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The history of the human settlement of Brazil to review?

Natasha Kumar By Natasha Kumar Jan15,2024

The history of the settlement human from Brazil to see again?

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Archaeological excavations at a construction site in Sao Luis, Maranhao state, Brazil, January 9, 2024.

Agence France-Presse

The workers had just attacked a construction site in northeastern Brazil when they came across a bone. Bones more precisely, and human, with pieces of pottery. They were not at the end of their surprises.

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The excavations are taking place inside a construction site in Sao Luis, in the state of Maranhao.

Quickly, excavations at the site in the coastal town of Sao Luis uncovered thousands of ancient artifacts that could date back to 9000 years old. A treasure which, according to archaeologists, could rewrite the history of human settlement in Brazil.

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Archaeologists perform a 3D scan of a skeleton.

The archaeologist leading the excavation, Wellington Lage, admits he had no idea what awaited him when Brazilian construction giant MRV called on his company, W Lage Arqueologia, to 2019, to conduct a study on the site, a classic procedure before the construction of housing.

Covered with tropical vegetation and bordered by the constantly growing urban fabric expansion of Sao Luis, capital of the state of Maranhao, the land extends over six hectares.

During his research, Mr. Lage learned that intriguing discoveries had been made there as early as the 1970s, including a piece of a human jaw in 1991.

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ELSE ON INFO: Flood zones: bad news awaits local residents in 2024< p class="StyledBodyHtmlParagraph-sc-48221190-4 hnvfyV">His team quickly found much more: quantities of stone tools, ceramic shards and bones.

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Archaeologists examine ceramic fragments found during excavations at a construction site in Sao Luis.

In four years of excavations, 43 human skeletons and more than 100,000 ancient objects were unearthed, according to the Brazilian Institute of History and Artistic Heritage (IPHAN) , who announced this grandiose discovery a few days ago.

Researchers will now inventory the objects and analyze them in detail, before exhibiting them and publishing their findings.

We've been working for four years now, and we've barely scratched the surface, insists Mr. Lage, 70, a native of Sao Paulo, whose wife and two children are also archaeologists.

The first discoveries are already attracting the attention of the scientific community.

Mr. Lage says his team – now 27 members, including archaeologists, chemists, a historian and a documentarian – has documented four different eras at the site.

The upper layer was left by the Tupinamba people, who lived in the area when European settlers founded Sao Luis in 1612.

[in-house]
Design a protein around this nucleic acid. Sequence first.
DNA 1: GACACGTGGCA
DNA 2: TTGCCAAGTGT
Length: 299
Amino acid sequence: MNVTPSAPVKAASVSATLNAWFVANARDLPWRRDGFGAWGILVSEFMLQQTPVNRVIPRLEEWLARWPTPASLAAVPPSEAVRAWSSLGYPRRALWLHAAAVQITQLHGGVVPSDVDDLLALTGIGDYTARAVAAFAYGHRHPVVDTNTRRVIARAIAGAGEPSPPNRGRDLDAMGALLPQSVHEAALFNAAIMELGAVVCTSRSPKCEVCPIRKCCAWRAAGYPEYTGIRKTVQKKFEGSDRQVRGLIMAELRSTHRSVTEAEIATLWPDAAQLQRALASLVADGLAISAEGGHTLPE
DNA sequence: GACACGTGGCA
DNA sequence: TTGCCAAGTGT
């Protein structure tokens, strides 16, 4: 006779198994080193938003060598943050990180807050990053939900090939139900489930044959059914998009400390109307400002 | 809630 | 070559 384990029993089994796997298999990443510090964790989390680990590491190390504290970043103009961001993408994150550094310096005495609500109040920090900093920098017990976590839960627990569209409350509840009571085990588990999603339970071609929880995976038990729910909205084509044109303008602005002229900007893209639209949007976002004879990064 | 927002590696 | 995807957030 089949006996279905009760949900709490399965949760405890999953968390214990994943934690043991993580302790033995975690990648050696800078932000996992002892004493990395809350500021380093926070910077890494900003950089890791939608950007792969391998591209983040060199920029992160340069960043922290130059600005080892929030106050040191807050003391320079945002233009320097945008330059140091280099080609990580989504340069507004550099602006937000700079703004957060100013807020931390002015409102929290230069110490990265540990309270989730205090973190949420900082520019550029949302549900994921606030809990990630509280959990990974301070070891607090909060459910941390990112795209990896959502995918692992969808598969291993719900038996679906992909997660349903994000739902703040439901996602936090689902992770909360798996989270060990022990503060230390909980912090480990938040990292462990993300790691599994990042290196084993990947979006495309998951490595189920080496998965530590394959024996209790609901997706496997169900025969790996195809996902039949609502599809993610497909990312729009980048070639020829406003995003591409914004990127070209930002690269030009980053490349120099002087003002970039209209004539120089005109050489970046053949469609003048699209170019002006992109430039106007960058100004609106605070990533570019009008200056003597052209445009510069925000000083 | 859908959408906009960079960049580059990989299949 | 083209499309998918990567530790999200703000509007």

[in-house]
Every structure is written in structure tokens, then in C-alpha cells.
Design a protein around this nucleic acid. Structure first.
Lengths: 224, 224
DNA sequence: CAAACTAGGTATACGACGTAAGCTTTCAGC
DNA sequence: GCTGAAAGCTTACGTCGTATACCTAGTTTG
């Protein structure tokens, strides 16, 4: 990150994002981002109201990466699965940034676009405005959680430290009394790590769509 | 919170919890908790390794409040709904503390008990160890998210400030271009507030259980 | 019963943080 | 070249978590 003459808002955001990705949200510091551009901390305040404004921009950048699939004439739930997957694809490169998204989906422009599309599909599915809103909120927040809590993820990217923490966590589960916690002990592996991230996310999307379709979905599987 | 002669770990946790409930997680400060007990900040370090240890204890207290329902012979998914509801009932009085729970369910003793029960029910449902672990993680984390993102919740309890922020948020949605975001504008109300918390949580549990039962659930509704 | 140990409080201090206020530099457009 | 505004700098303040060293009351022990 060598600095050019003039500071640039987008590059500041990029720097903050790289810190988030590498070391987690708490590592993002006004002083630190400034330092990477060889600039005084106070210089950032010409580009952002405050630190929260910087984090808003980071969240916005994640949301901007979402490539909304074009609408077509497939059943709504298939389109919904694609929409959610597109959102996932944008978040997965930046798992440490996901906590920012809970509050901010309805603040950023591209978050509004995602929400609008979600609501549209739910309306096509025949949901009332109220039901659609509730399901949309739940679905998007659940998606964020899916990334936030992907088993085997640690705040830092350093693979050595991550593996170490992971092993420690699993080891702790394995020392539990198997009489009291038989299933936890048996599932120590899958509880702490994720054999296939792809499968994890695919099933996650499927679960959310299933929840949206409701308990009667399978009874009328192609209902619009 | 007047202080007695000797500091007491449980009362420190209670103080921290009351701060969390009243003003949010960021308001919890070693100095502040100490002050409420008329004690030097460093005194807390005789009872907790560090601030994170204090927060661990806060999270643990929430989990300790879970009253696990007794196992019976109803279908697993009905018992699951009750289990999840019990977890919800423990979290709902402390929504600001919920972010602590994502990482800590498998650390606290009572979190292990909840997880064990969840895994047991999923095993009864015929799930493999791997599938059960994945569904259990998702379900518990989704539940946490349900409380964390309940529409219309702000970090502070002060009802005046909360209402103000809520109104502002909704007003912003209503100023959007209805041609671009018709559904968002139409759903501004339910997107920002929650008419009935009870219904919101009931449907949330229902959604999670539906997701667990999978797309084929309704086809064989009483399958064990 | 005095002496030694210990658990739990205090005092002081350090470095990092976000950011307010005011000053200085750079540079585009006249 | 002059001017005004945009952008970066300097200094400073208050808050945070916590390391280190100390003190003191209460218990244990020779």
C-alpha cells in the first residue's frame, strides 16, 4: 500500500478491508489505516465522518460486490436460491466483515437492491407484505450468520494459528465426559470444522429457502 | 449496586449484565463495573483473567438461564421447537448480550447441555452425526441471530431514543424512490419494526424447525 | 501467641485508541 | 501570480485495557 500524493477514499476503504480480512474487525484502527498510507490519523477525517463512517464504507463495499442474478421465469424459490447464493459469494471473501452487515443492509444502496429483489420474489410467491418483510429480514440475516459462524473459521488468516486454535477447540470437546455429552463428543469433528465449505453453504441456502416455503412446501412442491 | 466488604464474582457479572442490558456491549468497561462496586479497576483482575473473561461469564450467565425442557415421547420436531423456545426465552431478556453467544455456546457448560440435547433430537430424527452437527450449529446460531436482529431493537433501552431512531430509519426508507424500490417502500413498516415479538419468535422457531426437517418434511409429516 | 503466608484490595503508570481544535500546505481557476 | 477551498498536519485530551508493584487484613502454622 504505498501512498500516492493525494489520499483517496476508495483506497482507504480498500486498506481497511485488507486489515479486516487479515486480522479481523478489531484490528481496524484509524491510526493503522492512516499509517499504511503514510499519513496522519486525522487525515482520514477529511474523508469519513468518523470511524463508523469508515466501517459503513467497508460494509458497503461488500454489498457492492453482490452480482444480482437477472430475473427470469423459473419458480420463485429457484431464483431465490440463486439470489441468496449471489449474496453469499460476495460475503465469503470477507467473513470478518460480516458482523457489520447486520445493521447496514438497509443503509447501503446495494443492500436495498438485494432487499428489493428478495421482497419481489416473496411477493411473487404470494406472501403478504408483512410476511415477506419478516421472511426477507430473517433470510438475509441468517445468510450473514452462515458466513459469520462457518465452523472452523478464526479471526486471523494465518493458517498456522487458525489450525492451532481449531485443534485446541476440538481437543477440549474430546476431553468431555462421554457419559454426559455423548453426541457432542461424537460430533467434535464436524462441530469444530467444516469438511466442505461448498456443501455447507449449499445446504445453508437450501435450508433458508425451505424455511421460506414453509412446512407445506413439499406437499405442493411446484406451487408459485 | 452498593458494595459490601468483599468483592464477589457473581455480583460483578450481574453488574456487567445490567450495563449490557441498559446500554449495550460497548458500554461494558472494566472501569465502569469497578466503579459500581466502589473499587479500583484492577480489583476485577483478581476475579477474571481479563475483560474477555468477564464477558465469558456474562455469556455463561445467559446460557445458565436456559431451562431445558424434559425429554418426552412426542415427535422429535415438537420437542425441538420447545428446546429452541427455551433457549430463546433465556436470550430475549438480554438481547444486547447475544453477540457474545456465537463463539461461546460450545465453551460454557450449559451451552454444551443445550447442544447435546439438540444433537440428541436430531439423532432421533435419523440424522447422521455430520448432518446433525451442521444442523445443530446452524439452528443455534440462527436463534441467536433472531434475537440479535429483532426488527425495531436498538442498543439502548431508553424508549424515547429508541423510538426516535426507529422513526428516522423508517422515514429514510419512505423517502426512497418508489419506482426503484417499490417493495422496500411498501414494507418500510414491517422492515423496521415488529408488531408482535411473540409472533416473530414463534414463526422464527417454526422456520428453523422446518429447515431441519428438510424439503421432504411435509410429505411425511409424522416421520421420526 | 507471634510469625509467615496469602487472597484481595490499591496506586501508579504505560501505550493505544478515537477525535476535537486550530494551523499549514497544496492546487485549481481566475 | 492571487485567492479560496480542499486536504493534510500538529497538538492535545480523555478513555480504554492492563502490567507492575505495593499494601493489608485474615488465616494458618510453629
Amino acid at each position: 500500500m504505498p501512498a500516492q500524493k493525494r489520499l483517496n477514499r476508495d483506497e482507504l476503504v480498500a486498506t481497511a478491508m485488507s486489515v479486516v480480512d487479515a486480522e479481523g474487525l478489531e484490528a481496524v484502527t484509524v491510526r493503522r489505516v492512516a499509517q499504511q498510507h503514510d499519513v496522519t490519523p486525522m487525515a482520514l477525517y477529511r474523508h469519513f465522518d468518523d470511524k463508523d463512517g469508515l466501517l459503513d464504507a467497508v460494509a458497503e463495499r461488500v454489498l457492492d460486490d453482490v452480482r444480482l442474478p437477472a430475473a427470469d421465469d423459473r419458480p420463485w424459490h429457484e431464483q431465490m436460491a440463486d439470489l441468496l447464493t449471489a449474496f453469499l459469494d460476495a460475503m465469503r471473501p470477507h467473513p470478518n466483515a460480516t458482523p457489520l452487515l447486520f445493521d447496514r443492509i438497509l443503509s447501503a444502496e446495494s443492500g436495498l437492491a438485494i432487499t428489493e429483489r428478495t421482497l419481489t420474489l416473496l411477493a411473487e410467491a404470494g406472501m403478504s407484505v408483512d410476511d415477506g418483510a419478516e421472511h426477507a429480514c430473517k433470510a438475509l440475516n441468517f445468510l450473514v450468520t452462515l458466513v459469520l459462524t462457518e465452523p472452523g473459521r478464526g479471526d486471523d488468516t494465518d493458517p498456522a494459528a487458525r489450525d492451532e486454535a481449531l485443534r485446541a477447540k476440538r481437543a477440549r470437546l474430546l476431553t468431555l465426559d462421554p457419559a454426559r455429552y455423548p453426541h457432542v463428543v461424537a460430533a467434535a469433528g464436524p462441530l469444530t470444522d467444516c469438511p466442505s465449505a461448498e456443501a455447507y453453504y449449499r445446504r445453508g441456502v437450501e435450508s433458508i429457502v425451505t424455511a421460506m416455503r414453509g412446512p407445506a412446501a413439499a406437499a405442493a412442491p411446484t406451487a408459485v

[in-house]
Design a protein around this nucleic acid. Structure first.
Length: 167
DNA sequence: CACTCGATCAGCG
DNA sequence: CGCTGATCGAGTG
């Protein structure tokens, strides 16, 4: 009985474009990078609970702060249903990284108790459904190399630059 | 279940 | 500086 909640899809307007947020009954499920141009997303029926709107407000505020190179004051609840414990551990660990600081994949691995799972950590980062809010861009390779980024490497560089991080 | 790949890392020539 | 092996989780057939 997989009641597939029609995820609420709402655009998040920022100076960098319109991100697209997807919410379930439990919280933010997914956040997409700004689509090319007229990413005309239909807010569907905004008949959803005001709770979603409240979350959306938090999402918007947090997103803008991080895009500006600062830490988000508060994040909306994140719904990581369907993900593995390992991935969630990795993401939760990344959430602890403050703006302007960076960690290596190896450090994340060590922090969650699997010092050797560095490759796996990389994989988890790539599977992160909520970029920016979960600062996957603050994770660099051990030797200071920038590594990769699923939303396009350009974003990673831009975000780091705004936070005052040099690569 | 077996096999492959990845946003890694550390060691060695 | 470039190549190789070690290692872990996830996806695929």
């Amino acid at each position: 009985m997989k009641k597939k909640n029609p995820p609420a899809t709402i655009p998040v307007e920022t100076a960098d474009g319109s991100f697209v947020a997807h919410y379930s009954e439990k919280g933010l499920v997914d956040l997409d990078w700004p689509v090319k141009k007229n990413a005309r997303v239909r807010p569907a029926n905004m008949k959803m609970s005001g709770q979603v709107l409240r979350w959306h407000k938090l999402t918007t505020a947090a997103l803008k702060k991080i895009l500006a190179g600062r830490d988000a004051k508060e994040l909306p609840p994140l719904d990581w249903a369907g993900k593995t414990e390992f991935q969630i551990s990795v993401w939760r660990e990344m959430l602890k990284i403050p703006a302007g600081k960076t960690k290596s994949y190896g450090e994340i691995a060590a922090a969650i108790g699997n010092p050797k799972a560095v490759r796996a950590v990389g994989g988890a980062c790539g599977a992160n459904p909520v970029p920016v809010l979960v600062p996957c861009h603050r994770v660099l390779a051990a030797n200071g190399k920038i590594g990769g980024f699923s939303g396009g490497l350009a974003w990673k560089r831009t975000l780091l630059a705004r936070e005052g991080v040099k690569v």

Next comes a layer of ancient objects typical of the people of the Amazon rainforest, followed by a sambaqui: a pile of pottery, shards and bones used by certain communities indigenous people to build their houses or bury their dead.

Below, about two meters deep, is another layer, left by a group that made rudimentary ceramics and lived there an estimated 8,000 to 9,000 years ago.

It's much older than the oldest presambaqui found so far in the region, which dates back around 6,600 years, points out M. Lage.< /p>

For him, this could completely change the history not only of the region, but of all of Brazil.

Scientists have long debated when and how the first humans arrived in the Americas from Asia.

The discoveries of this specialist suggest that they would have settled in this region of present-day Brazil at least 1400 years earlier than what seemed established.

< p class="StyledBodyHtmlParagraph-sc-48221190-4 hnvfyV">Archaeologists are planning more in-depth analyzes to date the objects more precisely.

The site already represents a milestone in Brazilian prehistory, detailed the &x27; IPHAN in a press release.

For this organization, it is a testimony to the long history of human settlement in the region, revealing an earlier past to the times already documented.

Archaeologist Arkley Bandeira, of the Federal University of Maranhao, who is building a laboratory and museum for housing this treasure with funding from the MRV group, also emphasizes that the site could provide valuable information on the culture and history of ancient peoples who have been submerged for so long.

According to him, these discoveries play a crucial role in telling the story of our long history.

Natasha Kumar

By Natasha Kumar

Natasha Kumar has been a reporter on the news desk since 2018. Before that she wrote about young adolescence and family dynamics for Styles and was the legal affairs correspondent for the Metro desk. Before joining The Times Hub, Natasha Kumar worked as a staff writer at the Village Voice and a freelancer for Newsday, The Wall Street Journal, GQ and Mirabella. To get in touch, contact me through my 1-800-268-7116

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